British Cycling will be exonerated over allegations of wrongdoing, says its former technical director Shane Sutton.
The organisation is being investigated by UK Anti-Doping (Ukad) over claims regarding medication given to riders.
“The success is built off evidence-based programmes and the evidence will come out,” he told BBC Radio 5 live.
Sutton, who left British Cycling in April amid allegations of sexism – though he denies the “specific claims” – was not asked about his resignation.
However, he told the Telegraph he was hopeful of being cleared of discrimination allegations by an independent inquiry and returning to his old role.
“As I’ve said all along, I am confident that I will be cleared of any wrongdoing,” said the 59-year-old Australian. “And if I am, I’d like to think they would ask me to reconsider my resignation.”
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After a week in which it was announced that British Cycling chief executive Ian Drake is to leave, Sutton told Sportsweek he welcomed the chance for the sport to clear its name after a series of damaging stories.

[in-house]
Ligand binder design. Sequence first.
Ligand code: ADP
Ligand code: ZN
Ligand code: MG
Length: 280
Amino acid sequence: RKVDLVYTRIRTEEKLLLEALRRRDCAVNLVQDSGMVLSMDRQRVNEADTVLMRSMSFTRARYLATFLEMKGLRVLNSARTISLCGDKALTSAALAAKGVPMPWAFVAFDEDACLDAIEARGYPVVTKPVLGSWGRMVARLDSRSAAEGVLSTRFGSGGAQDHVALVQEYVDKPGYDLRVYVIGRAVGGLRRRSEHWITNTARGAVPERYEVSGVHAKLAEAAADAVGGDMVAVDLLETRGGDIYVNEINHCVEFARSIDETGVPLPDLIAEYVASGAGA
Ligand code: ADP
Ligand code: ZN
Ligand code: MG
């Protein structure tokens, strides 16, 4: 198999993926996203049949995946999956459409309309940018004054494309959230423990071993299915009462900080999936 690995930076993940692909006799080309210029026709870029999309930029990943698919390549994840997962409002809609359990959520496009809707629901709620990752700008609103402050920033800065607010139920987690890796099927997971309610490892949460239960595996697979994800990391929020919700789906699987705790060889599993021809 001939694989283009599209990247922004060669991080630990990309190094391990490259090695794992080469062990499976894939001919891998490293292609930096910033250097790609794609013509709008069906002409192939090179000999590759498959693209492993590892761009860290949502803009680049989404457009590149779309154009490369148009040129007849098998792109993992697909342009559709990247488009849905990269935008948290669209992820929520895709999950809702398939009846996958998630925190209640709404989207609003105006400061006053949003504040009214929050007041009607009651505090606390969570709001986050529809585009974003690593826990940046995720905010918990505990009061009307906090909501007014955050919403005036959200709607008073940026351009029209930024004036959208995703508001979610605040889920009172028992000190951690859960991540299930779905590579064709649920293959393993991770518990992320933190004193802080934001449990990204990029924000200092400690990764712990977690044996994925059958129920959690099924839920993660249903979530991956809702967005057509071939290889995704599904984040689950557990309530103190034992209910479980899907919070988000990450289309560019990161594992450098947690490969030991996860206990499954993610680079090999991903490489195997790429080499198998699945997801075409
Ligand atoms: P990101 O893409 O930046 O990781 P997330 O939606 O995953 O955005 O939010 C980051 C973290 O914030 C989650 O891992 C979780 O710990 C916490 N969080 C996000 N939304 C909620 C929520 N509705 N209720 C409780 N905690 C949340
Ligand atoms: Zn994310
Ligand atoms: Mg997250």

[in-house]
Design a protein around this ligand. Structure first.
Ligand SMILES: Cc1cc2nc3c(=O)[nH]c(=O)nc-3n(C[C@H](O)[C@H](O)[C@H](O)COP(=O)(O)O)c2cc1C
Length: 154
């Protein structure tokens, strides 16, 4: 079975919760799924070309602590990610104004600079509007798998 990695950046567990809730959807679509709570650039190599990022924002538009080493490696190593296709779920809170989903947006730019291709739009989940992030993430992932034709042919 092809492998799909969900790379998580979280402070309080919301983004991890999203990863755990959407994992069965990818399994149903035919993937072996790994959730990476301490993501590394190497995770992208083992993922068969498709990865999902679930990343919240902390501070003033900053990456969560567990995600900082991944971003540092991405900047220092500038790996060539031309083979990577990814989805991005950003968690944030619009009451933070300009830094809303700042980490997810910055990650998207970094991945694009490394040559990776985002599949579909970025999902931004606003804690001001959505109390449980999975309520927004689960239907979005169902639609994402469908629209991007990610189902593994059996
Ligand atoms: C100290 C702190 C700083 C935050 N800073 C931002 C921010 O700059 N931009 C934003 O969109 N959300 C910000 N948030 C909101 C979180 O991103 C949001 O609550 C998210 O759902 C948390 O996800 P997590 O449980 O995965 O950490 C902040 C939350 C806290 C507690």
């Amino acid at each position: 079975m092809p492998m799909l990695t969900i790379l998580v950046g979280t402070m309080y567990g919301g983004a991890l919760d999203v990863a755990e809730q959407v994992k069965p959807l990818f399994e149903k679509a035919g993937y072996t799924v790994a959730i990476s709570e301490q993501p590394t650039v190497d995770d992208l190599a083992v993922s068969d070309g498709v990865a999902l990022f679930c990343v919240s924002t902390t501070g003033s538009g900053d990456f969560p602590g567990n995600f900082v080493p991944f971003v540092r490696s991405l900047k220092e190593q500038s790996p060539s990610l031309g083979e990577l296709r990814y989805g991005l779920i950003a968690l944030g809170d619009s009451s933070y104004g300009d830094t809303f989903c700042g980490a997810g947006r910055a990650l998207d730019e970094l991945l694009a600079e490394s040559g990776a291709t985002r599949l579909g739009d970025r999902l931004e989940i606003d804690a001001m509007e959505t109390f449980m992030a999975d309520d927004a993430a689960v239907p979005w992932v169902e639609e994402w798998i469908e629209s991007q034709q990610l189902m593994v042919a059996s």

In an interview last month with BBC sports editor Dan Roan, Team Sky boss Sir Dave Brailsford denied that they “cross the line” in the use of performance-enhancing drugs.
That came after it was revealed Sir Bradley Wiggins sought therapeutic use exemptions (TUEs) to take anti-inflammatory drug triamcinolone for allergies and respiratory issues – something the cyclist said was to “put himself back on a level playing field”.
“Our record at British Cycling speaks for itself and our record at Sky is brilliant – they have endorsed clean cycling from day one,” Sutton added.
“I am strong in the belief that we have a great leader in Sir Dave Brailsford and, from a clean sport perspective, he has been a great enforcer – so let the truth come out and let’s move on.”
Sutton also gave his support to 36-year-old Wiggins, Britain’s most decorated Olympian and a Tour de France winner in 2012, describing him as “one of the greats, if not the greatest athlete ever”.
“I work with Wiggins and from what I have read and seen, there is no wrongdoing on his part,” he said.
“We need to get back behind him. We are talking about a true professional here.”
Article source: http://www.bbc.co.uk/sport/cycling/37743470